Felipe Gomez del Campo is another member of the graduating cohort who has found success with CRI support. Through his company, FGC Plasma Solutions, Gomez del Campo has developed a unique fuel injector technology that uses plasma — a state of matter — to improve the efficiency of jet engines and gas turbines.
In two years, Gomez del Campo has garnered multiple awards for his innovation and sources of funding to develop it further. Through the course of the CRI program and since graduation, FGC Plasma has raised $3.6 million in additional funding and has plans to continue research and development at the Massachusetts Institute of Technology.
“CRI is a fantastic program that serves a really important need,” Gomez del Campo said. “It does a good job of putting the needs of entrepreneurs together with a readily-available solution, using all the excess space, brain power and capacity national labs have.”
Looking ahead, the future for CRI remains bright, Carlisle said. Eleven innovators are currently participating in CRI Cohorts 2 and 3, and a number of them have already found early success in raising funds for added research.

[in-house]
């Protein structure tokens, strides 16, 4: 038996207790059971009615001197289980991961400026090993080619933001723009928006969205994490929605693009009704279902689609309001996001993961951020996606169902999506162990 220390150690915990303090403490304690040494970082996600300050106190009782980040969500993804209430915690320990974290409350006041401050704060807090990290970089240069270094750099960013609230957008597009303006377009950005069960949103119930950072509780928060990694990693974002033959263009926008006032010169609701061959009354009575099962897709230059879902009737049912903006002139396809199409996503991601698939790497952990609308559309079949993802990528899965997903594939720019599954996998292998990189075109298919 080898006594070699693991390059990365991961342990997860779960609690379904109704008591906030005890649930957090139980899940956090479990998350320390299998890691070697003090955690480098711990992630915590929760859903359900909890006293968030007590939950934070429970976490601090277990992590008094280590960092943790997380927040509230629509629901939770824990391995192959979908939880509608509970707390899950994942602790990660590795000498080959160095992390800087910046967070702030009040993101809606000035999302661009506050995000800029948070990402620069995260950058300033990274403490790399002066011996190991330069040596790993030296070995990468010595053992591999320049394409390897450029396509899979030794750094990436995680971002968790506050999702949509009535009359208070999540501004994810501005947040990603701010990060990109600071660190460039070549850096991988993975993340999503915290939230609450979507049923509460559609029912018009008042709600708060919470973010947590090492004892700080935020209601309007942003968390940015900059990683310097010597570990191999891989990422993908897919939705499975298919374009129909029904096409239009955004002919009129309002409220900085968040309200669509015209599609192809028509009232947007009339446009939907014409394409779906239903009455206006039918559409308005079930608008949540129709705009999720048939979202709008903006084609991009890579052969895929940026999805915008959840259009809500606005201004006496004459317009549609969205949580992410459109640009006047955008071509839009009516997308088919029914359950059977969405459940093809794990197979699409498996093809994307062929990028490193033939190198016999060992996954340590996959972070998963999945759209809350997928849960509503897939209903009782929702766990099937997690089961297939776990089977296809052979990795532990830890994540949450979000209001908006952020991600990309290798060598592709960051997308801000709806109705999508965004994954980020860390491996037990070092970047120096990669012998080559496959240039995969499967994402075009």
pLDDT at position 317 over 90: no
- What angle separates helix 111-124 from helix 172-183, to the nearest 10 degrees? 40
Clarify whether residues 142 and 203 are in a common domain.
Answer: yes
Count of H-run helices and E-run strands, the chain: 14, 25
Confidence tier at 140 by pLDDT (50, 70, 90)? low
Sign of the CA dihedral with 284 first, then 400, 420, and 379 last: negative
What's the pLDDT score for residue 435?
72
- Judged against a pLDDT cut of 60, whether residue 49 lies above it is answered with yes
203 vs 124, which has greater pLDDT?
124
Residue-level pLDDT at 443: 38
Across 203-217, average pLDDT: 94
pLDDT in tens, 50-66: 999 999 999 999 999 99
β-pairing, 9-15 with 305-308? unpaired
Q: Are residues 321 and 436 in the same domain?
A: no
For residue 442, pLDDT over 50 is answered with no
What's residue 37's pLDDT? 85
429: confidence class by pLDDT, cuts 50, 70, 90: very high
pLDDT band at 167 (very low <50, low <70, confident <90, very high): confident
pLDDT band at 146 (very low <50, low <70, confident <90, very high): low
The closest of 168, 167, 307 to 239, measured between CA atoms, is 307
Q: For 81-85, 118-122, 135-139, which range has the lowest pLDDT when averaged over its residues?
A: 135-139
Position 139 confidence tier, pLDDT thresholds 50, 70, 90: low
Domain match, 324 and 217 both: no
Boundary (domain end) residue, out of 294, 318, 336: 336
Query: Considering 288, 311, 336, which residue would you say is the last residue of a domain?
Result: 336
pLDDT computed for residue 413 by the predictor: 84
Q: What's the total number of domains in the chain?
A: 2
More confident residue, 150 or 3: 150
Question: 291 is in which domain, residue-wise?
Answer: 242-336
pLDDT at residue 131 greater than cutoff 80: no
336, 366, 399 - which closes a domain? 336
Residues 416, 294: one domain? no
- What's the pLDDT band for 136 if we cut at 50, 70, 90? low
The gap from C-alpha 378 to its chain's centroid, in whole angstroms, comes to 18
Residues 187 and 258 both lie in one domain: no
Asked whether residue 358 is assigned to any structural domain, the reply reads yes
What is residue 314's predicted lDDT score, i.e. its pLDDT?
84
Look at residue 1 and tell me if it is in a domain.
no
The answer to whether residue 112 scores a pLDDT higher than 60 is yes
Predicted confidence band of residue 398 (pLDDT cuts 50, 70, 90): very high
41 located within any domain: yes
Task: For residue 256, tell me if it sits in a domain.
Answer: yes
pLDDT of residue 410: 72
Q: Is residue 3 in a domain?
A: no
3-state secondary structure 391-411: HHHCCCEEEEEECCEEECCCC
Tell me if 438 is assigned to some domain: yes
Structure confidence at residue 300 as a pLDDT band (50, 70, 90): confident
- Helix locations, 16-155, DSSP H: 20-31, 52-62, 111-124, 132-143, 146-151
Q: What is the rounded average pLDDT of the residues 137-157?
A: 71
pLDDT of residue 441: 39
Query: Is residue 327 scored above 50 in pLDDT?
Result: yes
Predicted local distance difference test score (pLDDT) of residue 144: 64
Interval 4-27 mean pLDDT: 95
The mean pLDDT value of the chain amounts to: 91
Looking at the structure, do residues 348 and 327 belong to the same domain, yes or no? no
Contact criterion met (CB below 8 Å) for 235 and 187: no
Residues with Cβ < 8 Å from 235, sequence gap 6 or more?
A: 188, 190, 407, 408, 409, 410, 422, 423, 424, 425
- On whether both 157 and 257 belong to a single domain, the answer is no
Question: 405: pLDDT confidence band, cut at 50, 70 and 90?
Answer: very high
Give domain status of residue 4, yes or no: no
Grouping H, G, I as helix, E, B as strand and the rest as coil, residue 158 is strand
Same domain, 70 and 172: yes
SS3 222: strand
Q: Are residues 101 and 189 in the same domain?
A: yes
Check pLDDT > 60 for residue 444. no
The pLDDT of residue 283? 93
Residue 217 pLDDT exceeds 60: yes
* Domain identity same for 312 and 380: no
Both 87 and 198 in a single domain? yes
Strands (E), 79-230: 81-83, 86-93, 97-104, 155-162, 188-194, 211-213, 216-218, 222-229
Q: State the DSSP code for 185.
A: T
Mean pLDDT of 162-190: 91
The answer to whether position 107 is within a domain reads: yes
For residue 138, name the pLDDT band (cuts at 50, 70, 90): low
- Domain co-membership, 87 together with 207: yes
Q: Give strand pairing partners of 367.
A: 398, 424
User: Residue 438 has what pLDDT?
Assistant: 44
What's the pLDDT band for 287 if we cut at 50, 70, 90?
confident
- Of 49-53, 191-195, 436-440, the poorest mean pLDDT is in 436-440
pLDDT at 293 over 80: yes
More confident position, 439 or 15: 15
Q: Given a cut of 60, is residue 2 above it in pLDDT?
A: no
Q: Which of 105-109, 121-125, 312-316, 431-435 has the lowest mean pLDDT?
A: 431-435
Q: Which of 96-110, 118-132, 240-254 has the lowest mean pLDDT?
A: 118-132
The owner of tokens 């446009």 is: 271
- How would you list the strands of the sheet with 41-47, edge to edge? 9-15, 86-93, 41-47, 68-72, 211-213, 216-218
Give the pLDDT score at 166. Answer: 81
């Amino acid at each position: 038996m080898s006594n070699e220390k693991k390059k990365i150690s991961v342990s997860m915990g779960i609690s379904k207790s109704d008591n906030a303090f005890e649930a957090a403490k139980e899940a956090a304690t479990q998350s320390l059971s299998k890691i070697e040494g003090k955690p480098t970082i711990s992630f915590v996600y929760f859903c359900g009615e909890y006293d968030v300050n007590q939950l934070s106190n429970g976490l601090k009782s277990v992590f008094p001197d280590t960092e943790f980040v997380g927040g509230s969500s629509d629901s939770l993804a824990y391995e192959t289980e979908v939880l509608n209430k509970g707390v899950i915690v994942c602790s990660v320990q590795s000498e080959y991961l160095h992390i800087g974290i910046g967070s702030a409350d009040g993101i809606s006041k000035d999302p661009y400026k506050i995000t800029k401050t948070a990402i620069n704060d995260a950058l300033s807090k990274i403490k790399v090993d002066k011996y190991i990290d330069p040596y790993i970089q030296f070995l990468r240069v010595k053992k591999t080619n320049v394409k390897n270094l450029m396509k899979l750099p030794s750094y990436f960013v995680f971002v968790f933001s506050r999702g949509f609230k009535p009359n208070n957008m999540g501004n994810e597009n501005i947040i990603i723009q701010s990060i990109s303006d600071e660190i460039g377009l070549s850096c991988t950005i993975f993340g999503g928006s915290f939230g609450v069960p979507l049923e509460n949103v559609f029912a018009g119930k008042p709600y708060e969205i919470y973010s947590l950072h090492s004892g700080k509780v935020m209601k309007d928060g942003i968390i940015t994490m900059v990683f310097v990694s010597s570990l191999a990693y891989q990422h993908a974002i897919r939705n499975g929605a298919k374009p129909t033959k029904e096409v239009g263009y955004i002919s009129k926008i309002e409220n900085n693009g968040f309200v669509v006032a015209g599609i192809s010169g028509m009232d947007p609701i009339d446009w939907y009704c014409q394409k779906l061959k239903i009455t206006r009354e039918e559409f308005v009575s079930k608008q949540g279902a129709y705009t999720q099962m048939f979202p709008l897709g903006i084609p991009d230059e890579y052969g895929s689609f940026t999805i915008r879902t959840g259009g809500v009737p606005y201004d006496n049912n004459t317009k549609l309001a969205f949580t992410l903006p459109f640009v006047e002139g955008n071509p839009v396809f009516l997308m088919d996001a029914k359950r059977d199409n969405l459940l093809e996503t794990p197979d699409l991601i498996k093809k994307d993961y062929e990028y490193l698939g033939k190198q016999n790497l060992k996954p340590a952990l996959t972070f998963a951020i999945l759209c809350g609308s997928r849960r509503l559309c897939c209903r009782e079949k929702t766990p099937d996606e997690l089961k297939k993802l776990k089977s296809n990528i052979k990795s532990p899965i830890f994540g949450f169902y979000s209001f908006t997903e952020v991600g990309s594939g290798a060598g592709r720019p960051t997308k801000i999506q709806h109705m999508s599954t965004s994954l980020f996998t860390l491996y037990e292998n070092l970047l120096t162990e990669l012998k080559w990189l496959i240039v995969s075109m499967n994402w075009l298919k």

Erica Boeing is one example. As the founder of Accelerate Wind, she is pioneering an innovative approach for capturing wind energy at the edge of commercial rooftops. Only a year into the CRI program, Boeing already has surpassed several major milestones, including receiving a $225,000 Phase I grant from the National Science Foundation’s Small Business Technology Transfer Program.
Boeing and other members of Cohort 2 are preparing to showcase their achievements to investors during CRI’s annual Demo Day event. This year’s event will be held on Sept. 17 at the University of Chicago’s Gleacher Center in downtown Chicago.
“There’s proof in success of the first cohort that our approach to accelerating innovation does work and can create a lot of business value in a short period of time,” Carlisle said. “Seeing their success and the early successes of our second cohort gives us a lot to look forward to in the future.”